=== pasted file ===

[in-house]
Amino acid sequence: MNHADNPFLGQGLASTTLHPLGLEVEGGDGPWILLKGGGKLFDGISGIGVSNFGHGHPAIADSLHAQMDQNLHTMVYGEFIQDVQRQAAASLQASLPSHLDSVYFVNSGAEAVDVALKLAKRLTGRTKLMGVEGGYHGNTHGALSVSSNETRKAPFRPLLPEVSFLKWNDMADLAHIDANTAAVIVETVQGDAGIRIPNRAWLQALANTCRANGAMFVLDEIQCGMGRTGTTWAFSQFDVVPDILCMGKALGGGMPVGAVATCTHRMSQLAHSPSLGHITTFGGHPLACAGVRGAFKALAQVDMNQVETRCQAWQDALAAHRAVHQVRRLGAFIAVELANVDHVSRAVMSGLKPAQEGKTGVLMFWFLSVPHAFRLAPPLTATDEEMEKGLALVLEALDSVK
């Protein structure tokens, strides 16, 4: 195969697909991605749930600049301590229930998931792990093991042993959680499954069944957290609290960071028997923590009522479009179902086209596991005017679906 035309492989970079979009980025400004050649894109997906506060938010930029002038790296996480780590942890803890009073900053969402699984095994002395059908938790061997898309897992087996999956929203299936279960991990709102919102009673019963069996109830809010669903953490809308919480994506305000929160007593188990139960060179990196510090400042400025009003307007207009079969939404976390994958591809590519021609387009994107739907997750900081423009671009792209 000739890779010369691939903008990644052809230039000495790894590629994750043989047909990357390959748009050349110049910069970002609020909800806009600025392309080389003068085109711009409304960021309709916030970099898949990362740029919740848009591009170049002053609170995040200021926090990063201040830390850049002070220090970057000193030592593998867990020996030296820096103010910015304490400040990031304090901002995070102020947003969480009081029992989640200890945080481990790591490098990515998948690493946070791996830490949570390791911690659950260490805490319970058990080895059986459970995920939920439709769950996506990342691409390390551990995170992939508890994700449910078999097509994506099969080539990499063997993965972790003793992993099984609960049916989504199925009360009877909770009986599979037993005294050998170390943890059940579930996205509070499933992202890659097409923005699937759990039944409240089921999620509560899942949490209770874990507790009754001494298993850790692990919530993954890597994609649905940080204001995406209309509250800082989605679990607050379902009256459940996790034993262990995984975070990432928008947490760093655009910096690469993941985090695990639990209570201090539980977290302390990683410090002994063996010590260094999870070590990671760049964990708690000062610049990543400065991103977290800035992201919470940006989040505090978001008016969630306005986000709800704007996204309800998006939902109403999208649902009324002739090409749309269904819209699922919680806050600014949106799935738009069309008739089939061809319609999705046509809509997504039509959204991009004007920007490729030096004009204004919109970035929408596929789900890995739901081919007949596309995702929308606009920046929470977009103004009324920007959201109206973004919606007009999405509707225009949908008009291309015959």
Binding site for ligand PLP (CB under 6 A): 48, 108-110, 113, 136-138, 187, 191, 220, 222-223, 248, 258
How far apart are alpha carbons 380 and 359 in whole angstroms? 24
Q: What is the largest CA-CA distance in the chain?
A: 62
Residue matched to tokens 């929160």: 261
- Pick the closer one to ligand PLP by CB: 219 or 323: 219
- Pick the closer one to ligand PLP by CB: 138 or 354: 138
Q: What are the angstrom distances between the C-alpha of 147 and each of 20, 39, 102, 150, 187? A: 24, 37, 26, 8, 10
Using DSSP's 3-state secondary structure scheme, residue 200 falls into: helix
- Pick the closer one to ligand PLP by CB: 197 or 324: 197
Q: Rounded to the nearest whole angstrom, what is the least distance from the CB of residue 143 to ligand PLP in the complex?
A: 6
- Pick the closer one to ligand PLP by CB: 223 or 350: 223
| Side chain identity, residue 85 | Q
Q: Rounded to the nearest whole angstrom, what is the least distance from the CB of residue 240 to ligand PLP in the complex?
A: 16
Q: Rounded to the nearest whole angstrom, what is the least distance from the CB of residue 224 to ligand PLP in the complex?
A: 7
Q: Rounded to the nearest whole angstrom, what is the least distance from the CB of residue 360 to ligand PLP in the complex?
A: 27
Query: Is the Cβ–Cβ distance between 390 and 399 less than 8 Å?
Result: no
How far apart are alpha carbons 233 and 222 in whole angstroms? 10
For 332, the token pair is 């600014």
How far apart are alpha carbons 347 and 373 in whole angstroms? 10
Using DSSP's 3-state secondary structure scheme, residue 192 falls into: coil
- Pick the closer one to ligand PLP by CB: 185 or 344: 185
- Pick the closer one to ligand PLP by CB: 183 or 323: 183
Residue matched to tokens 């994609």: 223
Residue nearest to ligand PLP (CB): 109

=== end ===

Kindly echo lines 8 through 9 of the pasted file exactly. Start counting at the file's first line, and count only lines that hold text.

Residue matched to tokens 């929160």: 261
- Pick the closer one to ligand PLP by CB: 219 or 323: 219